Paris has emerged as the major obstacle to a pact amid warning that just 48 hours are left to break the bitter deadlock over fishing rights and level playing field rules.
UK negotiators had believed they were close yesterday, but claim they were hit with a series of new demands from Michel Barnier.
The EU envoy had been read the riot act by France over compromising in a meeting with ambassadors earlier in the week.
And European Affairs minister Clement Beaune told Europe 1 radio this morning: ‘I want to tell our fishermen, our producers, the citizens who are listening that we will not accept a deal with bad terms.
UK negotiators had believed they were close yesterday, but claim they were hit with a series of new demands from Michel Barnier (pictured)
European Affairs minister Clement Beaune (right) told Europe 1 radio this morning that France ‘will not acept a deal with bad terms’. Boris Johnson (left) is expected to have a call with the EU commission president Ursula von der Leyen
‘If a good agreement cannot be reached, we will oppose it. Each country has a veto right, so it is possible … We will do our own evaluation of this draft deal, if there is one.’
Meanwhile, European Council president Charles Michel told an event in Brussels that the UK had ‘choices to make’.
UK officials claim the French are putting pressure on Mr Barnier because of concerns in Paris that UK businesses will use Brexit to undercut competitors on the continent.
‘At the 11th hour, the EU is bringing new elements into the negotiation,’ said one source.
‘A breakthrough is still possible but that prospect is receding.’
France is also pushing hard on fishing, with President Emmanuel Macron facing huge political damage if he does not protect the country’s fleets.
Negotiators have been talking late into the night all week and are discussing the possibility of pausing today before resuming again tomorrow.
There are rumours that Boris Johnson and EU commission chief Ursula von der Leyen will have a call in a desperate effort to find a way through the impasse.
Officials have compared the windowless basement rooms in Whitehall where the negotiations have been taking place to a jail. One source said they believed ‘day release’ could be beneficial for both sides.
Business Secretary Alok Sharma said this morning that the talks were at a ‘difficult’ phase with ‘a number of tricky issues’ still outstanding.
He told BBC Breakfast: ‘We are committed to reaching an agreement with the EU on this particular discussion that we are having.
‘But, of course, time is short and we are in a difficult phase. There’s no denying that. There are a number of tricky issues that still have to be resolved.
‘The fundamental point – I want to make this really very, very clear to your viewers – is that we have said all along, right from the start of these negotiations, and I’ve come on your programme, other programmes, as have other ministers over the past months, and said that we want the EU to recognise that the UK is a sovereign and independent nation.
‘It is on the basis of that that a deal will be done.
‘It is tricky, but we are working hard. David Frost and his team are working incredibly hard on this, in good faith, so let’s see where we get to.’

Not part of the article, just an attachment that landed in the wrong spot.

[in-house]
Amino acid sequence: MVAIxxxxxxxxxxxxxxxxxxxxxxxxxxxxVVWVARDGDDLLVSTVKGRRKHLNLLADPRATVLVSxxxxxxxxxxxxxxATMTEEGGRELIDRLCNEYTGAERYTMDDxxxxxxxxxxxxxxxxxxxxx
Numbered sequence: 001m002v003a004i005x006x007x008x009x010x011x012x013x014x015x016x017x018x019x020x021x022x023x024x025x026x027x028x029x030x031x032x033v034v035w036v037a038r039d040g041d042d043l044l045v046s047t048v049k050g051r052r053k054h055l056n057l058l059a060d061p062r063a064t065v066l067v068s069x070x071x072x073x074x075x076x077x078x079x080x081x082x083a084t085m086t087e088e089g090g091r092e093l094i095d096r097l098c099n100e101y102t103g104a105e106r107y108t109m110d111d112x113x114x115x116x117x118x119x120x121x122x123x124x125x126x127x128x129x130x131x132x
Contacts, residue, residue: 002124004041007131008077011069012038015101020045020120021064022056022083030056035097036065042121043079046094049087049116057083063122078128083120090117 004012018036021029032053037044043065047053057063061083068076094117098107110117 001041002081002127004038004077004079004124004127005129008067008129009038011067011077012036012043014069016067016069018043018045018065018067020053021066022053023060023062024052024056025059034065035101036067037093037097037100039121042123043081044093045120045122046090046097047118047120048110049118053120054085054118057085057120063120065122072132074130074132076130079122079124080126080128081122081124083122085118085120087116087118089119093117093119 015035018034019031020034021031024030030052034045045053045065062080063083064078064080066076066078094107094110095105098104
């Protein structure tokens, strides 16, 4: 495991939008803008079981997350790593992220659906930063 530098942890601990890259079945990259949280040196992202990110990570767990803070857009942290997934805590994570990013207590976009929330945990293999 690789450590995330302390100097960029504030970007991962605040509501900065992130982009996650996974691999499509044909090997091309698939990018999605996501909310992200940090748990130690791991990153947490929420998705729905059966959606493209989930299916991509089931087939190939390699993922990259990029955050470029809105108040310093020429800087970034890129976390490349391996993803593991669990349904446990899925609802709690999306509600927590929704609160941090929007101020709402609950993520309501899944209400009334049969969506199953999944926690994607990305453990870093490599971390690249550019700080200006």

Ireland’s foreign minister Simon Coveney yesterday said he believed there was still a ‘good chance’ an agreement could be reached.
‘It’s the time to hold our nerve, to trust Michel Barnier, who has done a phenomenal job to date,’ he said.
‘I believe, if we do that, there’s a good chance that we can get a deal across the line in the next few days.’
Businesses are becoming increasingly frustrated with the uncertainty around trading arrangements once the UK leaves the single market and customs union at the end of the year. Tesco chief executive Ken Murphy told Sky News the supermarket chain was preparing for No Deal.
‘We have been doing everything in our power to make sure that we are well placed to continue trading, to continue to supply our customers regardless of whether there is or isn’t a No Deal Brexit,’ he said.
‘The biggest challenge we face really is the movement of product between borders, the movement of product between Great Britain and Northern Ireland and, of course, between mainland Europe and the UK.
‘That’s the one area where we really would urge the Government to give us some clarity and to allow us to prepare event better for the end of December.’
Mr Johnson tried to ratchet up the pressure yesterday by threatening to bring back controversial legislation before MPs.
Commons Leader Jacob Rees-Mogg said the UK Internal Market Bill will return on Monday after peers removed clauses that give ministers the power to renege on parts of the EU Withdrawal Agreement. The Government is likely to back down on the issue if a deal is reached.
Last month the House of Lords inflicted on the Government the largest defeat in more than two decades over the legislation.
Tory grandees including Michael Howard and Ken Clarke joined the revolt as peers voted by 433 to 165 to strip out key clauses.
Mr Rees-Mogg told MPs yesterday: ‘We will be doing the Lords amendments on Monday and we will be pushing back all the amendments which were made in the Lords – including the ones relating to Clause 5 and ensuring that we can put the best interests of the whole United Kingdom first.’
Labour leader Sir Keir Starmer confirmed that his party was likely to back an EU trade deal in any Commons vote.
During a visit to Portsmouth, he said: ‘As soon as there’s a deal we’ll look at it, but if the choice is a deal or No Deal, then a deal is obviously in the national interest.’